I was trying (and failing) to comprehend the enormity of what I was witnessing. Colleagues who have found themselves at other significant events tell me they’ve had a similar experience; it’s only afterwards – sometimes several days later – that it begins to sink in. yet I knew I was privileged to be there. These days, of course, thousands of pictures would appear instantly on social media, but in that pre-internet age a photographer was still something of a rarity. I worked in a frenzy, knowing I had a job to do.
And so, by accident, I’d become a news photographer. At 6am we made our way back to the Youth Hostel to find a number of bleary-eyed youngsters, just out of bed, who had missed the whole thing. The receptionist presented me with a number of urgent messages from Stephen Mayes, then Director of Network Photographers, the London-based agency I’d joined three years before. ‘Were you there? Did you take pictures?’ each one asked, more or less. I called a relieved Stephen from a public phone, and he promptly organized a courier to get our films home. Whilst still in the air they were sold to the highest bidder, a prominent British newspaper. Sadly, the negatives were processed so badly – treated, I suppose, as nothing more than tomorrow’s fish and chip paper – that many are now discoloured and faded, much like my own memory.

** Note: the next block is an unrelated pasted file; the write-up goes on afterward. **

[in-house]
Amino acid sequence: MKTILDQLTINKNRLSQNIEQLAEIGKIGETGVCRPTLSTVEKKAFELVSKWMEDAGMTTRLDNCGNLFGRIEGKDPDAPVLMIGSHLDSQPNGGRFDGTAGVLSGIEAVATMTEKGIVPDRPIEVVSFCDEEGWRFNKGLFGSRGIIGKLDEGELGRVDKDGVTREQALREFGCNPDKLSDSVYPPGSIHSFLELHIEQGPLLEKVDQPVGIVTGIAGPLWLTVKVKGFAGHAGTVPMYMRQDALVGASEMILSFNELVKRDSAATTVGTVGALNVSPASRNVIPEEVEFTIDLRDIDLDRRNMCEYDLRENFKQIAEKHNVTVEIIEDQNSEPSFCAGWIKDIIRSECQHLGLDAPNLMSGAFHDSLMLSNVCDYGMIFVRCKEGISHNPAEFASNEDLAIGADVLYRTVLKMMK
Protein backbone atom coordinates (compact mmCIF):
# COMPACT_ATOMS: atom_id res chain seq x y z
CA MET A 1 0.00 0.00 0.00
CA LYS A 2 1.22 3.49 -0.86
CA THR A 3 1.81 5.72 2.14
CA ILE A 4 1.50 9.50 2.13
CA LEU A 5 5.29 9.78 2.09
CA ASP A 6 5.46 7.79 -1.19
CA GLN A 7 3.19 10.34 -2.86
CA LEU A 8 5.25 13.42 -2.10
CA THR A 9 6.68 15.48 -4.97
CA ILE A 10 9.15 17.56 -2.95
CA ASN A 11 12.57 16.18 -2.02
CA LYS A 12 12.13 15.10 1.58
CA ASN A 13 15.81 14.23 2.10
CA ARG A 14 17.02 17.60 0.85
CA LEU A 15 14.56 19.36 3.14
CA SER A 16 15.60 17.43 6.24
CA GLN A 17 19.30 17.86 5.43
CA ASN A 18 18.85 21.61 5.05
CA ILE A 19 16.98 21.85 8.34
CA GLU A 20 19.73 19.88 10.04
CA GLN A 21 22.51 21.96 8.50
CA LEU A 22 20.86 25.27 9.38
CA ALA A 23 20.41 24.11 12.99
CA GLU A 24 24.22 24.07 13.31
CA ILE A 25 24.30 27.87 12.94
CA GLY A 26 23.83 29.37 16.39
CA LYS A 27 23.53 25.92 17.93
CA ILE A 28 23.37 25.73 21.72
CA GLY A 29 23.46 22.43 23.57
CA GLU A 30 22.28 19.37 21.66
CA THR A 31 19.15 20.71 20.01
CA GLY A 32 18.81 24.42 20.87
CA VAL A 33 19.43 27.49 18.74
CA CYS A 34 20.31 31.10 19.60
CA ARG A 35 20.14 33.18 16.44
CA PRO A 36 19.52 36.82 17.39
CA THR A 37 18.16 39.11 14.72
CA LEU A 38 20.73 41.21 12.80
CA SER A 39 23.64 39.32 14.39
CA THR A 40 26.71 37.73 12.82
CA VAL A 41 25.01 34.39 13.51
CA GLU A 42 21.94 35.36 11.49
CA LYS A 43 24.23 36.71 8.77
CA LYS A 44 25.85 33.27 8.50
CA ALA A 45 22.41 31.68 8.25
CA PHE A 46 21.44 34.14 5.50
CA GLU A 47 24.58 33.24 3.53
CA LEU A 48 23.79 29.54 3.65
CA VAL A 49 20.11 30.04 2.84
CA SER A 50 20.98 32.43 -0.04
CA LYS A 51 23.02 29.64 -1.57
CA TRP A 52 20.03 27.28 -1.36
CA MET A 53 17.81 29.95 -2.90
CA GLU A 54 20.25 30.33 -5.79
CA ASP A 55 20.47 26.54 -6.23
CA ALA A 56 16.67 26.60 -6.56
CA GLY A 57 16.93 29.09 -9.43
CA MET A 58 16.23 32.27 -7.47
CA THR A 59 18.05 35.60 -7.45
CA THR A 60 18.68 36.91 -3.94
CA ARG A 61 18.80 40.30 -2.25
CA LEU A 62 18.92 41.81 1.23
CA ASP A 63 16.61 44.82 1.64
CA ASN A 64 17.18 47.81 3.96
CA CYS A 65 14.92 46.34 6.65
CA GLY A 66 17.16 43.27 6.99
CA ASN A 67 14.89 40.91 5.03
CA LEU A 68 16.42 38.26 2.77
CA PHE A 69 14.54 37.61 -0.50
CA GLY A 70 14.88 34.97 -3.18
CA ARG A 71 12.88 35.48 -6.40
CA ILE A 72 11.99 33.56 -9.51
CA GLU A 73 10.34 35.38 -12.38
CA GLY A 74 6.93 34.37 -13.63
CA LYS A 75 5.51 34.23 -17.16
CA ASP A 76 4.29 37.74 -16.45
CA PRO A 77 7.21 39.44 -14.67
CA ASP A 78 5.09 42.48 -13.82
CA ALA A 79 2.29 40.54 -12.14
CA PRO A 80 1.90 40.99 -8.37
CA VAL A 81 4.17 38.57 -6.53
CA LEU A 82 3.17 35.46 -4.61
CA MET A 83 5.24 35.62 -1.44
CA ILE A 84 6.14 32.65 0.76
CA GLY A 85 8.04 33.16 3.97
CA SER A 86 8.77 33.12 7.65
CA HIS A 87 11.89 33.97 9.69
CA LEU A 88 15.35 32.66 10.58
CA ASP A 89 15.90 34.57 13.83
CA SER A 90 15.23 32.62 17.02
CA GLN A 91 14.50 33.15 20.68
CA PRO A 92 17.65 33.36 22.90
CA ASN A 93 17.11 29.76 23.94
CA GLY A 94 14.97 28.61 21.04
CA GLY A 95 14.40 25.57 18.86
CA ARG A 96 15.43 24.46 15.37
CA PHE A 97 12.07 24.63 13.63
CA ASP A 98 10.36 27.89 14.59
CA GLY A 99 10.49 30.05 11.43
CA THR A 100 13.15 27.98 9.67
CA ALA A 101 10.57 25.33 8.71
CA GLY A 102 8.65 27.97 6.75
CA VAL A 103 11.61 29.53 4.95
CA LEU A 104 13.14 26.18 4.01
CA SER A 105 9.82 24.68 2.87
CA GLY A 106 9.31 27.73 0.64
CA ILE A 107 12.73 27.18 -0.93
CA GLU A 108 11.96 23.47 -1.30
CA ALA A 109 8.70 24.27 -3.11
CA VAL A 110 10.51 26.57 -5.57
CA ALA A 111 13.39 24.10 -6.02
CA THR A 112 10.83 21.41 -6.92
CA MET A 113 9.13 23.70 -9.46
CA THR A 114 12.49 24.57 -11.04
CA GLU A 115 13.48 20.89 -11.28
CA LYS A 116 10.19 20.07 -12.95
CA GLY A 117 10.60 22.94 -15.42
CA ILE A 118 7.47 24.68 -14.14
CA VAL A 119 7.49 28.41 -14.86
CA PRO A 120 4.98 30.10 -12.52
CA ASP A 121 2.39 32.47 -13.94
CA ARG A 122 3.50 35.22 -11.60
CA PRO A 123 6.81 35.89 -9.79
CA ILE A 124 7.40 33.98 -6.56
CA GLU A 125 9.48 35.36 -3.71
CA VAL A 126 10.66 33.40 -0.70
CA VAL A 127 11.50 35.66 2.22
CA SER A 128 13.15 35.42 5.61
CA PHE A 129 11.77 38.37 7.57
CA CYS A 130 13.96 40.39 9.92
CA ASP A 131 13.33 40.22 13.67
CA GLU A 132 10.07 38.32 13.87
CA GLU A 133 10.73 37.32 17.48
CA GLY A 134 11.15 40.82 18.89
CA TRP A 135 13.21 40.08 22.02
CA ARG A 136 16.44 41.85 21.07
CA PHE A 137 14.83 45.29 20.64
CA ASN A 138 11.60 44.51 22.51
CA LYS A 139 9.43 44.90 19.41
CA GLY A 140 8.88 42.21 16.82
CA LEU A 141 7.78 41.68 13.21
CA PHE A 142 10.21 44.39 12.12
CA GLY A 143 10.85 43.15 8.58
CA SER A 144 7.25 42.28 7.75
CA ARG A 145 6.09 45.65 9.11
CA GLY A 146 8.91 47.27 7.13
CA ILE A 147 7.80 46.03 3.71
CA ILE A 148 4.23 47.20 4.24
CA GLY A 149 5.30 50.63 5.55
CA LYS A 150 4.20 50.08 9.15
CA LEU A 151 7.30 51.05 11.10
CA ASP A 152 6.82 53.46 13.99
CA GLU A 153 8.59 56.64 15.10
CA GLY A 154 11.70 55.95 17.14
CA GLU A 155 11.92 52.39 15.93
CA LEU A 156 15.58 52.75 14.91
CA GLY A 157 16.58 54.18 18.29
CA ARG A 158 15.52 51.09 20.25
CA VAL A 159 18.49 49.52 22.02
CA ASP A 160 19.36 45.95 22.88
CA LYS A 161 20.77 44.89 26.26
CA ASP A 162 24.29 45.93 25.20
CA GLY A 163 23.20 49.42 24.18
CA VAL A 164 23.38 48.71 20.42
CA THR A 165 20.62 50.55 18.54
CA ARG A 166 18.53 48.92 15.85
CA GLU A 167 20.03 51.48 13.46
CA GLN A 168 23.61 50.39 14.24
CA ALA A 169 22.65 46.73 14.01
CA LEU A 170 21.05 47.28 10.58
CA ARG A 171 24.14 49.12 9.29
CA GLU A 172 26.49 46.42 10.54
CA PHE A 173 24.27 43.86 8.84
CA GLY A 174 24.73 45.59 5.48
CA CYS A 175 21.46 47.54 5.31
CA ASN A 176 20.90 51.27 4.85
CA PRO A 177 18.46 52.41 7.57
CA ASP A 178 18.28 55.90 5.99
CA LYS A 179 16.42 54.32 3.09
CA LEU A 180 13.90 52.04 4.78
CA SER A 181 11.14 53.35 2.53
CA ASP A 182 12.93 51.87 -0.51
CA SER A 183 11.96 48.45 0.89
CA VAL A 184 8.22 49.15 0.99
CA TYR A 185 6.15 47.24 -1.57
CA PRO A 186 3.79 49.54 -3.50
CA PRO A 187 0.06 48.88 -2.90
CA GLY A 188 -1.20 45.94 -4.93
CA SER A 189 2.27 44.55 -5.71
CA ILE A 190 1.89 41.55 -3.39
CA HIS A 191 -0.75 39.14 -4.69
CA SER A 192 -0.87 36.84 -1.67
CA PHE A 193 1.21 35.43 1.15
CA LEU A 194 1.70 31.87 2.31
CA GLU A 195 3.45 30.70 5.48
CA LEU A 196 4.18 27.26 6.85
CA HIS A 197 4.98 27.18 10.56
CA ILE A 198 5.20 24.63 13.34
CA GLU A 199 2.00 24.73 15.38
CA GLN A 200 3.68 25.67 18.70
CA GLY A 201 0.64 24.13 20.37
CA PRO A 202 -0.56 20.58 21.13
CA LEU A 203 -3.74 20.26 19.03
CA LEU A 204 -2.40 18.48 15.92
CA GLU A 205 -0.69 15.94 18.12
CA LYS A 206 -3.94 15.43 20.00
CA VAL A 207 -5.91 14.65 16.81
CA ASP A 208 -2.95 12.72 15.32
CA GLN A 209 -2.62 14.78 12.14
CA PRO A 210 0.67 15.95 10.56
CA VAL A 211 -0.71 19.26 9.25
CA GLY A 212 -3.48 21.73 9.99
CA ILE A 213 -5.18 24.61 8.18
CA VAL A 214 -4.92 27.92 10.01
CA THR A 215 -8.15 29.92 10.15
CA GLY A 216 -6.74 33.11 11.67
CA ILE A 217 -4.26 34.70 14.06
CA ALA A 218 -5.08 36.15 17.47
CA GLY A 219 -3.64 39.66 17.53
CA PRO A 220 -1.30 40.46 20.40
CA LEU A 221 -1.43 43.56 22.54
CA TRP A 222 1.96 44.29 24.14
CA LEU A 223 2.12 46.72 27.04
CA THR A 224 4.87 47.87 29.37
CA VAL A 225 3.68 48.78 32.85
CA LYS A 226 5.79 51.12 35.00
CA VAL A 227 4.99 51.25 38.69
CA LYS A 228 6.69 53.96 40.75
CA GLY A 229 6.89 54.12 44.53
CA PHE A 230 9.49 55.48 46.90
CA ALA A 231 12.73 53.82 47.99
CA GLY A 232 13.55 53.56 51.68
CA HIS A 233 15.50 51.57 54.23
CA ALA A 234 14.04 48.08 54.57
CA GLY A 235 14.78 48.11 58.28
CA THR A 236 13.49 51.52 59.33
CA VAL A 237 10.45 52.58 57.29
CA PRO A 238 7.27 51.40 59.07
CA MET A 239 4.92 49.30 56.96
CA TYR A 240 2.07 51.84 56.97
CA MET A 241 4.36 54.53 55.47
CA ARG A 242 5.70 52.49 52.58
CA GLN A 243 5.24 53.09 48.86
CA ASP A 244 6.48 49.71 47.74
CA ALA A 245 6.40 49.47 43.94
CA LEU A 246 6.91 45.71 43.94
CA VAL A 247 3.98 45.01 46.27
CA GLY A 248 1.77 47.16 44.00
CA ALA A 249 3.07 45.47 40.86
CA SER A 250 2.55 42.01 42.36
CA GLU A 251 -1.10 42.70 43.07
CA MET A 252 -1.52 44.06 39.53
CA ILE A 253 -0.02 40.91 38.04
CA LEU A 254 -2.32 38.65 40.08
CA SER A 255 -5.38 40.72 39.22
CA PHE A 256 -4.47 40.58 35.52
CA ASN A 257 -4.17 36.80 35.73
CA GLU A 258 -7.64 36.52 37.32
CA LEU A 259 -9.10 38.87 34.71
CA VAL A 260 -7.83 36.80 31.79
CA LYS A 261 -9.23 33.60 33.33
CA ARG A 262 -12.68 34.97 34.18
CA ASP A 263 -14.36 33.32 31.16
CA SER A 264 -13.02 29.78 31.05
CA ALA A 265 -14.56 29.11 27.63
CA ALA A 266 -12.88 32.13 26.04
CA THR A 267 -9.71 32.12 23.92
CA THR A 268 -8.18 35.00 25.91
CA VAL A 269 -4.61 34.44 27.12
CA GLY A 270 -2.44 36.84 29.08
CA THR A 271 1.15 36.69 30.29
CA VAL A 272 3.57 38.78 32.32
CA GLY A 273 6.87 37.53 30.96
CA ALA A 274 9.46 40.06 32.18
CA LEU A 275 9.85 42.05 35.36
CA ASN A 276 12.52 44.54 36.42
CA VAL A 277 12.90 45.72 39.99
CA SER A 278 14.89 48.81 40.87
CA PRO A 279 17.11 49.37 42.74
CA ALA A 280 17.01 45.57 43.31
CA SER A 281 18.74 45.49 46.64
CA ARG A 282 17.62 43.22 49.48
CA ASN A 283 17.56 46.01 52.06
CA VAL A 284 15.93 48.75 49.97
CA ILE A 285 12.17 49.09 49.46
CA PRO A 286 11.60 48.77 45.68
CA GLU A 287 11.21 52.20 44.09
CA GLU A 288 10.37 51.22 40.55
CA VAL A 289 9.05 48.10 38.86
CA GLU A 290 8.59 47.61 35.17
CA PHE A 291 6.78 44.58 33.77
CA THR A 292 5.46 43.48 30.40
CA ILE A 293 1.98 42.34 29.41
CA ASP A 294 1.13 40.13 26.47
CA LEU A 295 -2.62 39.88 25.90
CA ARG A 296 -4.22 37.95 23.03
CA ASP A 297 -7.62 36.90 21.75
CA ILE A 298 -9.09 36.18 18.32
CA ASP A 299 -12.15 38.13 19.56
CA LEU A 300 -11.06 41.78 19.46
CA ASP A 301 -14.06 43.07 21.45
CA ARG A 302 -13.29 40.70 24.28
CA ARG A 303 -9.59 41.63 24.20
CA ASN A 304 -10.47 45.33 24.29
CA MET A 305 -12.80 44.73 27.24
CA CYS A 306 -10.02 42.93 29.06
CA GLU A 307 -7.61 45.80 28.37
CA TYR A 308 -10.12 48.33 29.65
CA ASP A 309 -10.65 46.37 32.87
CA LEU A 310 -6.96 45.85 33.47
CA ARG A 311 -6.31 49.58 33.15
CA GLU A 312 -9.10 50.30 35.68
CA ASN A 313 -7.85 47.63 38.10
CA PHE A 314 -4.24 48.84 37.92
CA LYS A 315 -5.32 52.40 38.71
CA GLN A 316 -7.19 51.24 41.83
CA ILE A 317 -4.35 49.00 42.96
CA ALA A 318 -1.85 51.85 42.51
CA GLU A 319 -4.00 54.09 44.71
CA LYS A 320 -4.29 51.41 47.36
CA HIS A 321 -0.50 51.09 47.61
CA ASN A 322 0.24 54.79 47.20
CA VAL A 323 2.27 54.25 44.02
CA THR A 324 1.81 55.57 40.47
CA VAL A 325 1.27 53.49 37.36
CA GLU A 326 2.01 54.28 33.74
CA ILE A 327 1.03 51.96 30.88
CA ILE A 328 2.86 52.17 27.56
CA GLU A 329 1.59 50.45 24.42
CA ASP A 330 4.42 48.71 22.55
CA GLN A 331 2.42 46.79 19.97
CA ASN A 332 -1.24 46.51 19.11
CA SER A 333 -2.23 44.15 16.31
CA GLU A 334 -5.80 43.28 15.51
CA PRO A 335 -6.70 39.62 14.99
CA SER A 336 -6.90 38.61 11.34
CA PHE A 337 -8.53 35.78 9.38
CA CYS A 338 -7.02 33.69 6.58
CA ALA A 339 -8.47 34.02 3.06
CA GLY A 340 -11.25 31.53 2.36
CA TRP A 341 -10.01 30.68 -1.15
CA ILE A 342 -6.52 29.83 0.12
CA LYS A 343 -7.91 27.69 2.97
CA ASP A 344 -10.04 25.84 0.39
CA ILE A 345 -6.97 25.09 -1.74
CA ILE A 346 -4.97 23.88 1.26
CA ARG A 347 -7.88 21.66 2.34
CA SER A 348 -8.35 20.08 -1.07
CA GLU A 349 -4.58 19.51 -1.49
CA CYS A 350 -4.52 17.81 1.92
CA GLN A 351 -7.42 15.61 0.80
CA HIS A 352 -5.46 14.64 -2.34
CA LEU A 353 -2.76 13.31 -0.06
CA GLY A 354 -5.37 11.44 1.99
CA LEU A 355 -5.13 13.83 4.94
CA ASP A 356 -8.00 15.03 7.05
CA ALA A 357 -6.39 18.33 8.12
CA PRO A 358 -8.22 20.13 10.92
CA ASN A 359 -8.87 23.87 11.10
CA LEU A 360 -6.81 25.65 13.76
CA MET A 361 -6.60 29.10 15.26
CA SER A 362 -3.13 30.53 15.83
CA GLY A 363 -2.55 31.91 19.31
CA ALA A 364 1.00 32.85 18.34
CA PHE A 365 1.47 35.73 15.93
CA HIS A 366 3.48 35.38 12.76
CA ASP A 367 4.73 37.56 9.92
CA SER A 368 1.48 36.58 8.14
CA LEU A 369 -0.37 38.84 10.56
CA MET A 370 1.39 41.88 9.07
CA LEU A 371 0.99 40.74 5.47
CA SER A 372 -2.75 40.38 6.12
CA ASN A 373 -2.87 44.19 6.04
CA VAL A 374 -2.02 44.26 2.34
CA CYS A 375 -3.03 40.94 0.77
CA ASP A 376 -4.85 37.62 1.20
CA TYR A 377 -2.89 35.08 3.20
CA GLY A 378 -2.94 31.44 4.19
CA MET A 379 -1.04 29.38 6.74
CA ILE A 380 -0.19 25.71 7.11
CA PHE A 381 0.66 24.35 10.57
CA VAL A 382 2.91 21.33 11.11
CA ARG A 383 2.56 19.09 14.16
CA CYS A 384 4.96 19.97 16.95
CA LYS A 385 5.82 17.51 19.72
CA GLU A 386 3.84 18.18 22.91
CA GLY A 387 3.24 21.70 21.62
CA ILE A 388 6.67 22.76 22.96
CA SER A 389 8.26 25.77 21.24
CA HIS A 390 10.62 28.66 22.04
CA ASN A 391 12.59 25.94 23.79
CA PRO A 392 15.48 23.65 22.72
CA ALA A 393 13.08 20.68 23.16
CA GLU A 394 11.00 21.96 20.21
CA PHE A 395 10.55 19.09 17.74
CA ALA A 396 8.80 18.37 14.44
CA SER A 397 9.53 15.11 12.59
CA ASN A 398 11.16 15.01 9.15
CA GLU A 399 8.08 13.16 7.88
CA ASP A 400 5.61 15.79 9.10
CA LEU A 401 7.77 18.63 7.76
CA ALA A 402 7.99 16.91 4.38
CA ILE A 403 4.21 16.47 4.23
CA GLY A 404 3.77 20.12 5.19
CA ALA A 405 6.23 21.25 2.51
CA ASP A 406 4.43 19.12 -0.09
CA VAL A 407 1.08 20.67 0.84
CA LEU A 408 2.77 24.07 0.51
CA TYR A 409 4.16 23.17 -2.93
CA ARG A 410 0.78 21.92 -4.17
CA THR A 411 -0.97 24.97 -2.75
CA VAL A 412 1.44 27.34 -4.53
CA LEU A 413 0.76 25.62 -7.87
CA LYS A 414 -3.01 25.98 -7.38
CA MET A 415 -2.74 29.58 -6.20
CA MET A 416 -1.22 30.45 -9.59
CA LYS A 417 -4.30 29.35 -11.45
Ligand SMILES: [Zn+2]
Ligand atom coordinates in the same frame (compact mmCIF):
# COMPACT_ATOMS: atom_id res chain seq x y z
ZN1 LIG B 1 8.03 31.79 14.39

"And so, by accident, I’d become a news photographer. "
- Mark Power
"...the negatives were processed so badly – treated, I suppose, as nothing more than tomorrow’s fish and chip paper – that many are now discoloured and faded, much like my own memory."
- Mark Power
The next day, after a short sleep, I took more pictures, but less energetically now. My film stock was running low and there wasn’t a single roll to be found anywhere in Berlin. The world’s press had arrived and great gantries were swiftly constructed to improve their view. Hundreds of people sat astride, or stood upon, the Wall, while bulldozers knocked down particularly significant sections. Most of my day was spent missing a lot of good pictures.